Kuwait: Geopolitically "Undeveloped"?
Kuwait is a city that may not seem to have much to offer to the normal US citizen. Having traveled to many cities and different countries in my life, I know that personally Kuwait is a city that I never had the desire to ever want to visit. Kuwait is a city that has a small percentage of Arabic land and permanent crops, therefore agriculture is virtually nonexistent. But, it's not what's above ground that makes this small country a intricate part in the world's economic community. Kuwait is located upon a large natural gas reserve, as well as one of the top ten largest oil reserves in the world. Kuwait makes use of their fossil fuels to make up for what they are lacking nearby. Kuwait is a small, rich, relatively open economy with proved crude oil reserves of 94 billion barrels, 10% of world reserves. Petroleum accounts for nearly half of GDP, 90% of export revenues, and 75% of government income. Kuwait's climate limits agricultural development. Consequently, with the exception of fish, it depends almost wholly on food imports. About 75% of potable water must be distilled or imported. (citation?) Kuwait continues its discussions with foreign oil companies to develop fields in the northern part of the country. By 1990 the country earned more from foreign investment than from oil exports. The expenses of the Iraqi invasion and postwar reconstruction placed a heavy economic burden on the country, but by the mid-1990s Kuwait had resumed control over their resources.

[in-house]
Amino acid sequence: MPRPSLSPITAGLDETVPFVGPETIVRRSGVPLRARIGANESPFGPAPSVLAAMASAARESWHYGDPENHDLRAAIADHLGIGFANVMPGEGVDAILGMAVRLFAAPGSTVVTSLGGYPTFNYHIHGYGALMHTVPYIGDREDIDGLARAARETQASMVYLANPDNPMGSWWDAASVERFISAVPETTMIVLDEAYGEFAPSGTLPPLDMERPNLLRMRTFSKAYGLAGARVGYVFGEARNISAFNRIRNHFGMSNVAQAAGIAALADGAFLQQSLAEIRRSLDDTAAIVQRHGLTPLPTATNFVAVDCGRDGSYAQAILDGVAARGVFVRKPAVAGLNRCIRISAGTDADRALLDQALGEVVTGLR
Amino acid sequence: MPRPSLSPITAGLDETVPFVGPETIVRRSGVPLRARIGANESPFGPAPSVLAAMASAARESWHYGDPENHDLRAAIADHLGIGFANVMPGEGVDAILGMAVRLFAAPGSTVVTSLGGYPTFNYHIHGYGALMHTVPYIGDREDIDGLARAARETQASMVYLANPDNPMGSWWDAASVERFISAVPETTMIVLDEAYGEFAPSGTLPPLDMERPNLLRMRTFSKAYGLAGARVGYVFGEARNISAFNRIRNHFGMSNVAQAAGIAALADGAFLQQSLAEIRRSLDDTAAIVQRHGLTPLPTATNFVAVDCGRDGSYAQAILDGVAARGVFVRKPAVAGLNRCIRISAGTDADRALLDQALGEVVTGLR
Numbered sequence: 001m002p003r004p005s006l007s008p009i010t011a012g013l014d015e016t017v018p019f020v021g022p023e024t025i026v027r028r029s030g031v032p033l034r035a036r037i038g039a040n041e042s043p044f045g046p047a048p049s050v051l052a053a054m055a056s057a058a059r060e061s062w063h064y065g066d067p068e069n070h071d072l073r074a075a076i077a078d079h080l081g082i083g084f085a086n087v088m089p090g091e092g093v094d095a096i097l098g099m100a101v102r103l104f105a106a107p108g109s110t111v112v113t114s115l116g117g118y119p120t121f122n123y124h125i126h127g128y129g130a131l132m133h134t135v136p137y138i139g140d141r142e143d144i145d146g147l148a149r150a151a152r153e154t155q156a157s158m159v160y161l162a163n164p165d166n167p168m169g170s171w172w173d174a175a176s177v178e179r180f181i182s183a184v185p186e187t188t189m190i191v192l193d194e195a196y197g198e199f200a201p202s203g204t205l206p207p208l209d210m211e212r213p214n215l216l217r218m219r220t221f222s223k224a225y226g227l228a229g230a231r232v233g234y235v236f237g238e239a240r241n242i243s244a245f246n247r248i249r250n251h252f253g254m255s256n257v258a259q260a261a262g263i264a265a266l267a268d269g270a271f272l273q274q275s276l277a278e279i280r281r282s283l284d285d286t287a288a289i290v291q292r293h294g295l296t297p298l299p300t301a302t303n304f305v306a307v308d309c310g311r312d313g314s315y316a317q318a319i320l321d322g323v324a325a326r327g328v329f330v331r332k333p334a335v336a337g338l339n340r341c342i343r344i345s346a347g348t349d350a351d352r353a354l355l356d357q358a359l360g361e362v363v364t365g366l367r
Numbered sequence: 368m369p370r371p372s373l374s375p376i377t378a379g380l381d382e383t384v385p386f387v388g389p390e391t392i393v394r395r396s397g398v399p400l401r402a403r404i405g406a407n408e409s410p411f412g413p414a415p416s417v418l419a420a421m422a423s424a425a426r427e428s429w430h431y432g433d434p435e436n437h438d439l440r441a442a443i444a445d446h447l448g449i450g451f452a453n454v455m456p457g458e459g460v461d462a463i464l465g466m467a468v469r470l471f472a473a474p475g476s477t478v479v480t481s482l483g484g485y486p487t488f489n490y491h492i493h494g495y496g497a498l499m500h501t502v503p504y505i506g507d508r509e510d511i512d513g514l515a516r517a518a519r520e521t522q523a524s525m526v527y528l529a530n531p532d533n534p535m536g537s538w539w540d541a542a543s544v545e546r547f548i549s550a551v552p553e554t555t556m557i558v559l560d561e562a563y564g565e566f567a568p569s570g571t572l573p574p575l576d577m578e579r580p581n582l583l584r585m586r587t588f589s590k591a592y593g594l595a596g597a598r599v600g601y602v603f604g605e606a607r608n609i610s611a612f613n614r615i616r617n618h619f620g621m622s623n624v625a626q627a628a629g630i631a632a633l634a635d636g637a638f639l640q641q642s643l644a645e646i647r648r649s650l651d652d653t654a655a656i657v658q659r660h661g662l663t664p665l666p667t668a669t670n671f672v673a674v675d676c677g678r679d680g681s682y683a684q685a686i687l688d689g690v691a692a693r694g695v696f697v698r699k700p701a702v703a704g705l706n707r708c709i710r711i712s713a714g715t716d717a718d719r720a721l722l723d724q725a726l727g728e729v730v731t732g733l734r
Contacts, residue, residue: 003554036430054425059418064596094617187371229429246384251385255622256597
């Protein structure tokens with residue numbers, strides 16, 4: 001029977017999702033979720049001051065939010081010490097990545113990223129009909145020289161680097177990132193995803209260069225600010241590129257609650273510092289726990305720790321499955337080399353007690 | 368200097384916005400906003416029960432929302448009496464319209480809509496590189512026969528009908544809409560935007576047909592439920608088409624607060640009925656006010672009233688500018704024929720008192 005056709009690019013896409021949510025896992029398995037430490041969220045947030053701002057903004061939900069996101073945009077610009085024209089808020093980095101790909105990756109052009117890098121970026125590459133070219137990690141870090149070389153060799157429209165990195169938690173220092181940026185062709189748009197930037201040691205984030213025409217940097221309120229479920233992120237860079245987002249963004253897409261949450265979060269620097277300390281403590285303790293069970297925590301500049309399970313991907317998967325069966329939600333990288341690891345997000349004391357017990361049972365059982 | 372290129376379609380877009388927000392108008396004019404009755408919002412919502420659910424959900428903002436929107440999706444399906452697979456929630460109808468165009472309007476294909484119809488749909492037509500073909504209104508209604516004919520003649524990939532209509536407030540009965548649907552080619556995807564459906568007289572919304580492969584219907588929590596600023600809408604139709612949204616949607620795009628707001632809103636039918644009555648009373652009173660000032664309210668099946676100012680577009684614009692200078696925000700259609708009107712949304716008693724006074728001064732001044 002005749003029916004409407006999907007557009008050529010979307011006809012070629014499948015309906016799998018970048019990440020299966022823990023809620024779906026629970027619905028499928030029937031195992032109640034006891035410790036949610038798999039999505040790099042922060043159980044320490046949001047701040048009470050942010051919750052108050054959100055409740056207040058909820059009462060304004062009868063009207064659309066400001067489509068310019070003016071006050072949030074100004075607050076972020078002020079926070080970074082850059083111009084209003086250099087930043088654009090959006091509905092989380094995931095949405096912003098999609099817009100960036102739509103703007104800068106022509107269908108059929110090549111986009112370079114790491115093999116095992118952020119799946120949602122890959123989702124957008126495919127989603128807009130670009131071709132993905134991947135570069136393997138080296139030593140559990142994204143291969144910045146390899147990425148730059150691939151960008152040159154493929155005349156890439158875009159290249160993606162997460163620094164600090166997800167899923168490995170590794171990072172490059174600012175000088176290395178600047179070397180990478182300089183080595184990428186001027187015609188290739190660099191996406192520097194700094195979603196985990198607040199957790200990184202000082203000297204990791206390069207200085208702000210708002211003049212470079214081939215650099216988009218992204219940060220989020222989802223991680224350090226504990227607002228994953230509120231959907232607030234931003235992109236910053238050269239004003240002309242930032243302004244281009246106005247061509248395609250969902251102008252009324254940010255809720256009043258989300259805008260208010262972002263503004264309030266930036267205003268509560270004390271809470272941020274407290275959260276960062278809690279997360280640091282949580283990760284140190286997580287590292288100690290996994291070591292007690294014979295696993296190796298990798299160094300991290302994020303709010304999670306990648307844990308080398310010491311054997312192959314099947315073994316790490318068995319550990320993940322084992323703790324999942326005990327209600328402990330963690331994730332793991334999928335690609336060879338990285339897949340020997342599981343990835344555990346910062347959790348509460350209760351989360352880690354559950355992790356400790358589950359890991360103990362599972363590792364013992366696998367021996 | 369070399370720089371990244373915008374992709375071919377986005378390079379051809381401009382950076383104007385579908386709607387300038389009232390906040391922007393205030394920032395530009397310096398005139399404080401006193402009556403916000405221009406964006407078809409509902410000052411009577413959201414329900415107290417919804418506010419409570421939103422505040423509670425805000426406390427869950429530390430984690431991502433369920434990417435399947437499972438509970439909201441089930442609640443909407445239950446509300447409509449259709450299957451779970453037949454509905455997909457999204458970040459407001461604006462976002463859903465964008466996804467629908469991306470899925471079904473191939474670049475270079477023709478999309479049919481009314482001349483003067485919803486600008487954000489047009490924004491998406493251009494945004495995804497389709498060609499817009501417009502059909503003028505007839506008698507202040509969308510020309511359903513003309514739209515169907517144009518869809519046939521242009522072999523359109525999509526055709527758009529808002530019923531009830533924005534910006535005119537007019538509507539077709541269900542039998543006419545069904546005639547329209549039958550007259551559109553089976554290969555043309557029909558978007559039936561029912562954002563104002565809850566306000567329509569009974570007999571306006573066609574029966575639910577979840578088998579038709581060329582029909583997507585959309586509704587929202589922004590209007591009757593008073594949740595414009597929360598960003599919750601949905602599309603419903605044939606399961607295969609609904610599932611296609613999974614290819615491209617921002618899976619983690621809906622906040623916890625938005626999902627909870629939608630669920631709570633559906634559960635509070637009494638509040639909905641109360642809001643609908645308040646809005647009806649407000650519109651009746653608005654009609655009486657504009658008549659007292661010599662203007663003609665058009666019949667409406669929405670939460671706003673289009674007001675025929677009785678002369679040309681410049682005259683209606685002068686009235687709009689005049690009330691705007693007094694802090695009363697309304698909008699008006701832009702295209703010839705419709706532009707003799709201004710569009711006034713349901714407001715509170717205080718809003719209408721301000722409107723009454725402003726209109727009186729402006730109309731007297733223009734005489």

The currency of Kuwait is the Kuwaiti dinar. The dinar is valued at 0.351676 KWD per 1EUR and at 0.292010 KWD per every 1USD, making it the highest-valued currency in the world. (Cite this) With this being said, it is still hard to fathom Kuwait as being an undeveloped region in the world. Kuwait's infrastructure took a considerable beating during the 1st Gulf War. Hundreds of oil wells were put on fire and the country's oil production had...
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